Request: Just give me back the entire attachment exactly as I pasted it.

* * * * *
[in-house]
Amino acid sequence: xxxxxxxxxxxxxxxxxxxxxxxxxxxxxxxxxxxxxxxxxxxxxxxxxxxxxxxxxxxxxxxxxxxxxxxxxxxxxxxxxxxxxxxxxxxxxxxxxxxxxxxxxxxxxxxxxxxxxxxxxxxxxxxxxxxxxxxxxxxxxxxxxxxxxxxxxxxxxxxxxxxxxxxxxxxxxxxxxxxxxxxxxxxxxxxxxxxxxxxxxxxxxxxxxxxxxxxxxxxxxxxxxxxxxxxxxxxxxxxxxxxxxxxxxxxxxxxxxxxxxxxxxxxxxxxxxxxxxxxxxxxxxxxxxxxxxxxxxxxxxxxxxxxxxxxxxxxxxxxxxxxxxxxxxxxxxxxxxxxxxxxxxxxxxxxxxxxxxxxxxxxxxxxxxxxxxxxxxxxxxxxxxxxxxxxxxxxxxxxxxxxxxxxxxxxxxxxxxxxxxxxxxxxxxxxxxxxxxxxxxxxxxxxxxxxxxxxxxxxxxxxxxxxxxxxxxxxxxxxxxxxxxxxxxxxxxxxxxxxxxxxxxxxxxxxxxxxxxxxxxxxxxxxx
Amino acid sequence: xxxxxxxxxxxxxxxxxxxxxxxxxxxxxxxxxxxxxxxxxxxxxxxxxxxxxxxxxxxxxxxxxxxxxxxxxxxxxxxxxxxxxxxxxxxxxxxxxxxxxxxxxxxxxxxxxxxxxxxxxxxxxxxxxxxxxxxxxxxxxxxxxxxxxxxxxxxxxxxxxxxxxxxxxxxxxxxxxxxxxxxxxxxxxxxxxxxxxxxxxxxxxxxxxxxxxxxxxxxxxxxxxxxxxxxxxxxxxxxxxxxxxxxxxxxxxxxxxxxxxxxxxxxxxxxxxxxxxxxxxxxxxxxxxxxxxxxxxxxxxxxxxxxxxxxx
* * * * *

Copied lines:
[in-house]
Amino acid sequence: xxxxxxxxxxxxxxxxxxxxxxxxxxxxxxxxxxxxxxxxxxxxxxxxxxxxxxxxxxxxxxxxxxxxxxxxxxxxxxxxxxxxxxxxxxxxxxxxxxxxxxxxxxxxxxxxxxxxxxxxxxxxxxxxxxxxxxxxxxxxxxxxxxxxxxxxxxxxxxxxxxxxxxxxxxxxxxxxxxxxxxxxxxxxxxxxxxxxxxxxxxxxxxxxxxxxxxxxxxxxxxxxxxxxxxxxxxxxxxxxxxxxxxxxxxxxxxxxxxxxxxxxxxxxxxxxxxxxxxxxxxxxxxxxxxxxxxxxxxxxxxxxxxxxxxxxxxxxxxxxxxxxxxxxxxxxxxxxxxxxxxxxxxxxxxxxxxxxxxxxxxxxxxxxxxxxxxxxxxxxxxxxxxxxxxxxxxxxxxxxxxxxxxxxxxxxxxxxxxxxxxxxxxxxxxxxxxxxxxxxxxxxxxxxxxxxxxxxxxxxxxxxxxxxxxxxxxxxxxxxxxxxxxxxxxxxxxxxxxxxxxxxxxxxxxxxxxxxxxxxxxxxxxxx
Amino acid sequence: xxxxxxxxxxxxxxxxxxxxxxxxxxxxxxxxxxxxxxxxxxxxxxxxxxxxxxxxxxxxxxxxxxxxxxxxxxxxxxxxxxxxxxxxxxxxxxxxxxxxxxxxxxxxxxxxxxxxxxxxxxxxxxxxxxxxxxxxxxxxxxxxxxxxxxxxxxxxxxxxxxxxxxxxxxxxxxxxxxxxxxxxxxxxxxxxxxxxxxxxxxxxxxxxxxxxxxxxxxxxxxxxxxxxxxxxxxxxxxxxxxxxxxxxxxxxxxxxxxxxxxxxxxxxxxxxxxxxxxxxxxxxxxxxxxxxxxxxxxxxxxxxxxxxxxxx